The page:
1. Recover Corrupt MySQL Database

Recover Corrupt MySQL Database

Corrupt Database

UPDATE: We announced online data recovery from corrupt databases.

Check it out on https://recovery.twindb.com/

UPDATE (01/01/2017): We stopped further development of undrop-for-innodb and do not support its open source versions.

The unDROP for InnoDB tool can be used to recover corrupt MySQL database. In this post we will show how to repair MySQL database if its files became corrupted and even innodb_force_recovery=6 doesn’t help.

The corruption of InnoDB tablespace may be caused by many reasons. A dying hard drive can write garbage, thus page checksum will be wrong. InnoDB then reports to the error log:

MySQL is well know for poor start-up script. A simple upgrade procedure may end up with two mysqld processes writing to the same tablespace. That leads to the corruption too. Sometimes power reset corrupts not only InnoDB files, but file system becomes unusable for the operating system.

InnoDB is very strict when it works with pages. If checksum doesn’t match or some field in the header carries unexpected value InnoDB wisely prefers to crash to avoid further corruption.

The manual suggests to start MySQL with innodb_force_recovery option. The purpose of this option is to let user dump their data. There are no means to repair the tablespace. The user must drop the tablespace, create new one and load the data back.

innodb_force_recovery accepts values from one to six. The higher value, the more tests InnoDB disables.

In this post we will assume MySQL can not start even with innodb_force_recovery=6.

The recovery toolkit works directly with InnoDB files, it can read records from the InnoDB page. If some part of the page is damaged it will just skip that piece and continue to read the records further in the page.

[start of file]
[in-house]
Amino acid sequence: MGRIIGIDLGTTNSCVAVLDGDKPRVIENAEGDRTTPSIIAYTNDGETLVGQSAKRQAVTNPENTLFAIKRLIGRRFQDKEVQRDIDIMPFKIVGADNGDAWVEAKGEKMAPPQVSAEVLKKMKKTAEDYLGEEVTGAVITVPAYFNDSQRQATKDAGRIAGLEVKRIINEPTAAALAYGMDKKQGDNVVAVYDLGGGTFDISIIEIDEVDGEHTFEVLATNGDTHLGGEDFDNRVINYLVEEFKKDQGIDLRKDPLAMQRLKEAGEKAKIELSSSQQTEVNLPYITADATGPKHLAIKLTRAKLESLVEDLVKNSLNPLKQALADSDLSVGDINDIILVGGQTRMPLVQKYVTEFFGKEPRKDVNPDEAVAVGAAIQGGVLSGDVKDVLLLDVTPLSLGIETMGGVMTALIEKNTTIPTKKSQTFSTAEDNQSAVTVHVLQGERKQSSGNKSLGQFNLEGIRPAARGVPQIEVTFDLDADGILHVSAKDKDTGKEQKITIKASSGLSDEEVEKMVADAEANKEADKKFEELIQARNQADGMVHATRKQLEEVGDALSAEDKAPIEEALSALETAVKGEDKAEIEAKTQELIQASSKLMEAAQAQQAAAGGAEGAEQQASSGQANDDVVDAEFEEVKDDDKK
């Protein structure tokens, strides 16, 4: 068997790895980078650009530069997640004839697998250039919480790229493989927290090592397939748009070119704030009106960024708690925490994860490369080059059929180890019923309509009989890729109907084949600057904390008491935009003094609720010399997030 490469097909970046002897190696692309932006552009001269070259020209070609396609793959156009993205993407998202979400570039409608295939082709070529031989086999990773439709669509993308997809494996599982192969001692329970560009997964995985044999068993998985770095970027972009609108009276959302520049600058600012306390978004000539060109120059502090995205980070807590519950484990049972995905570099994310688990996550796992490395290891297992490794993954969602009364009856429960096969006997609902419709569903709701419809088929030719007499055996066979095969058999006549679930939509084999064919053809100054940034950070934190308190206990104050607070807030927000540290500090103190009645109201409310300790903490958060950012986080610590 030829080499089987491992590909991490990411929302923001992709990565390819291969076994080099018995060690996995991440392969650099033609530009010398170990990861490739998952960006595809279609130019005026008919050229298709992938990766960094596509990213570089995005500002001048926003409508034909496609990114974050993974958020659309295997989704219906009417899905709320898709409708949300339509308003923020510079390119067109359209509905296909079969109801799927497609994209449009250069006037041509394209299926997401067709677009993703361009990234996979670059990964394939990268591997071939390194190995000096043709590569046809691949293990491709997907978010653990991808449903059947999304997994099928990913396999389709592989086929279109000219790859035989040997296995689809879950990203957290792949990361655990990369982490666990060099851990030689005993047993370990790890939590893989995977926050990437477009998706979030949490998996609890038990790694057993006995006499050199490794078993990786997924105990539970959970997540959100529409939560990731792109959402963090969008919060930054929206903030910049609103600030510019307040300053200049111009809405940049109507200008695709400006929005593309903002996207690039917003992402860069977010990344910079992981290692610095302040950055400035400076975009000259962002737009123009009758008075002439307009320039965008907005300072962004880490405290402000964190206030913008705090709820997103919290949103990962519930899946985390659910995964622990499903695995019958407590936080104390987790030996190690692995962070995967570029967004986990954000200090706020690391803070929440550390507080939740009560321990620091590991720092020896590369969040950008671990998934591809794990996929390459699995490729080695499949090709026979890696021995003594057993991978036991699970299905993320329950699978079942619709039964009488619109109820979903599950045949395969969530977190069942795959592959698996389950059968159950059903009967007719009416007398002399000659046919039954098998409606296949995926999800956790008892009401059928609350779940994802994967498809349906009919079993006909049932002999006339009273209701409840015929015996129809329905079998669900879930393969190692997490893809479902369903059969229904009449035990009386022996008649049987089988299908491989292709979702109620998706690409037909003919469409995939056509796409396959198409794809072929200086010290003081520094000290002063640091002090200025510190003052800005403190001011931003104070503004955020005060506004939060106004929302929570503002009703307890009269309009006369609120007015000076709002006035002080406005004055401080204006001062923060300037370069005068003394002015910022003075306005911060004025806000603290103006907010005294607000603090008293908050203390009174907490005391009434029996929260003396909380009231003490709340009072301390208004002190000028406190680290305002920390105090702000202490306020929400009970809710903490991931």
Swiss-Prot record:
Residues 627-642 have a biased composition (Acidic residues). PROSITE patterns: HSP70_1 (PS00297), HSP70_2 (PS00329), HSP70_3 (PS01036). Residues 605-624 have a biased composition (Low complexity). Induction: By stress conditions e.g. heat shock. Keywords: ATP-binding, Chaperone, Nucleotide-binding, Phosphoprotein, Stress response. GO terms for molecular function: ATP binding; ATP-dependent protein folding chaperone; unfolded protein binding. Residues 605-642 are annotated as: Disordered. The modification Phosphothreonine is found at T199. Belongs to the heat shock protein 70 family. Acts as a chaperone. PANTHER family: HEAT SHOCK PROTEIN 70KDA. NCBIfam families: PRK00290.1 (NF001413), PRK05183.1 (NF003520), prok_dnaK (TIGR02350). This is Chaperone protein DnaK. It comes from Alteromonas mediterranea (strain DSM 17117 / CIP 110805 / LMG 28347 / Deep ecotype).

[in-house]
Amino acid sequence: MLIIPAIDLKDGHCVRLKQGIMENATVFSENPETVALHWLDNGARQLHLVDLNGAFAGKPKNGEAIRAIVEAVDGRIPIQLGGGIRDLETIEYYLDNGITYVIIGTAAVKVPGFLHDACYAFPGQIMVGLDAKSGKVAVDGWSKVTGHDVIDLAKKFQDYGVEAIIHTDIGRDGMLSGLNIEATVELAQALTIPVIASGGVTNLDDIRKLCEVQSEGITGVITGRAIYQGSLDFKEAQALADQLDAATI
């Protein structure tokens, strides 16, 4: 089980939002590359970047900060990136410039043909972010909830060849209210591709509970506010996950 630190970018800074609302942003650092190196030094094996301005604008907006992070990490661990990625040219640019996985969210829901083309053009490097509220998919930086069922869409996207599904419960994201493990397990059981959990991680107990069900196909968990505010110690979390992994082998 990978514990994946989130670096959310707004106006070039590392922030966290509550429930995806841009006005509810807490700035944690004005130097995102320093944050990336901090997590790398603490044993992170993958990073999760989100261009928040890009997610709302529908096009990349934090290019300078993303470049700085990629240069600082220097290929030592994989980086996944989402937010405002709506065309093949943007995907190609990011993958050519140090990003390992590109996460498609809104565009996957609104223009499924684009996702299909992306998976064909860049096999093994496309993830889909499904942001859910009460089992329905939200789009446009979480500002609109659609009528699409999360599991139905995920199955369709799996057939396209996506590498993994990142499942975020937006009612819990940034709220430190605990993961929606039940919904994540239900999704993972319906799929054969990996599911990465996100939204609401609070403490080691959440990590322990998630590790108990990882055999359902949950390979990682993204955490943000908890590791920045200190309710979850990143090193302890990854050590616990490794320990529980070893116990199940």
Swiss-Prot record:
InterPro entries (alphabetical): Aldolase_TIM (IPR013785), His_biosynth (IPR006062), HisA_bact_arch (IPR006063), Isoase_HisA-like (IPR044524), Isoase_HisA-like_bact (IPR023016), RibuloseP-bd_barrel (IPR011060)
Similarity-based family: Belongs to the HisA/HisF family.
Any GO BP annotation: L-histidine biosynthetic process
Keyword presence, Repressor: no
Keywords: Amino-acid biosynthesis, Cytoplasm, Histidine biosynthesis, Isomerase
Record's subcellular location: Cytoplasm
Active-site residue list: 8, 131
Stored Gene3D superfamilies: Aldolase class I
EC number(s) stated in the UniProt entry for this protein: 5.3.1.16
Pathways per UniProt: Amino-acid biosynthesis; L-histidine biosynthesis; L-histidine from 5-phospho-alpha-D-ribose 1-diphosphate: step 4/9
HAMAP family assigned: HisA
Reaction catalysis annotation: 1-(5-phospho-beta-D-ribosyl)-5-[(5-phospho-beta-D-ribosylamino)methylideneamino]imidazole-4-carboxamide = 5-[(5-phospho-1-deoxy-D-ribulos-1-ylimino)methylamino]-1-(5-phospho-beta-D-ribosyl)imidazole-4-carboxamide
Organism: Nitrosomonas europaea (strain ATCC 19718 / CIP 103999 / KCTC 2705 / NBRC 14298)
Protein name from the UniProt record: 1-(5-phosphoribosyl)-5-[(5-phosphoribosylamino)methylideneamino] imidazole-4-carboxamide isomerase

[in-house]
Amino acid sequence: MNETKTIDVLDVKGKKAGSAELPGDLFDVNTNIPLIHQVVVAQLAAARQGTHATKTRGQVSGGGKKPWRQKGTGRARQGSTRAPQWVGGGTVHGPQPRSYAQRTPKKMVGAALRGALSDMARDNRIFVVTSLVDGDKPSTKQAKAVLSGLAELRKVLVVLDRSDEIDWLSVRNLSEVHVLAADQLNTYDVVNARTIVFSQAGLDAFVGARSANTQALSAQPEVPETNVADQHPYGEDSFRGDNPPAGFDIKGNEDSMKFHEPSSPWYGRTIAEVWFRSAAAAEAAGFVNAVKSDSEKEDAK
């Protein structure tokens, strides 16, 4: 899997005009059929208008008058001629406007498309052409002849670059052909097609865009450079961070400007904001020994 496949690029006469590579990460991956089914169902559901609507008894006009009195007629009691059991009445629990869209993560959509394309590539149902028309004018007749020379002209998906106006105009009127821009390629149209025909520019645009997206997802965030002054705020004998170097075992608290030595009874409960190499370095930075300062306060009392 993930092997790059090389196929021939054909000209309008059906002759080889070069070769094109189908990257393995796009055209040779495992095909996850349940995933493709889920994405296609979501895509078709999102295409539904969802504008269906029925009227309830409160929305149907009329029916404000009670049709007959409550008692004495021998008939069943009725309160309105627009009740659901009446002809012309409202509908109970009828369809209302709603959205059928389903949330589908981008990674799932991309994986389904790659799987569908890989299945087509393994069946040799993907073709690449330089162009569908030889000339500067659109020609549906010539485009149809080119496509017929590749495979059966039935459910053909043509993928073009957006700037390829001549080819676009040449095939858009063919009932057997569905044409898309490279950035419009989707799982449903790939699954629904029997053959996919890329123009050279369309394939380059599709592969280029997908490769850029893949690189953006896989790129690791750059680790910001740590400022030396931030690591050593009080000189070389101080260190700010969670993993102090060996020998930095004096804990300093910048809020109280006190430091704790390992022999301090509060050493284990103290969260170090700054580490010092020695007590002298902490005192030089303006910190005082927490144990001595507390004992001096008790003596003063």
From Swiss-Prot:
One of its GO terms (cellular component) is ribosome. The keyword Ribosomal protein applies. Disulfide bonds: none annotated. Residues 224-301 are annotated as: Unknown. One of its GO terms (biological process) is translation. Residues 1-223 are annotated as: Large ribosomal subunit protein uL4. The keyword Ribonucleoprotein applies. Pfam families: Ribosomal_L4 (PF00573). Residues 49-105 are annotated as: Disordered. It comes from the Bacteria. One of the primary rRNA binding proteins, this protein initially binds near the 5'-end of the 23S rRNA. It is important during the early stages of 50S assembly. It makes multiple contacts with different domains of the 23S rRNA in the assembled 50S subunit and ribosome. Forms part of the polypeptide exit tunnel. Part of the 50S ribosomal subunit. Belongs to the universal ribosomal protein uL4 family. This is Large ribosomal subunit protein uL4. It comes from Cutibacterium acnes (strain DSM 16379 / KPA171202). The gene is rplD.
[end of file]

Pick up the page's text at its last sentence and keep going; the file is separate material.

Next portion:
So, let’s corrupt some InnoDB file and recover the table.

InnoDB corruption

For sake of simplicity we will overwrite a part of .ibd file in the area with user data.
In real life the corruption may be at any place of index PRIMARY.
At the middle of the PRIMARY index of table sakila.actor we will rewrite the data with 128 characters ‘A’:

Corrupted InnoDB table crashes MySQL

When MySQL reads a page with user data check sum is wrong and the server crashes.

Before the crash MySQL write to the error log what exactly went wrong and dumps the faulty page:

Recovering InnoDB Table Corruption

When you see a corruption in the InnoDB tablespace the first thing to try is to start MySQL with innodb_force_recovery option. It makes sense to try all values starting from one to six.

We assume that MySQL doesn’t start even with innodb_force_recovery=6 or it starts, but any SELECT crashes it.

The recovery plan is following

  • Split corrupted InnoDB tablespace into pages; sort the pages by type and index_id
  • Fetch records from PRIMARY index of the table
  • DROP corrupted table and create new one
  • Load records back into MySQL

We would need to parse two tablespaces: ibdata1 and actor.ibd (since option innodb_file_per_table=ON). The InnoDB dictionary is stored in ibdata1, we need it to know index_id of the PRIMARY index of table sakila.actor.

Split corrupted InnoDB tablespace

Now actor.ibd‘s turn

Recover InnoDB dictionary

We need to know index_id of the PRIMARY index of table sakila.actor. See more about InnoDB dictionary. Now we will just get index_id of sakila.actor: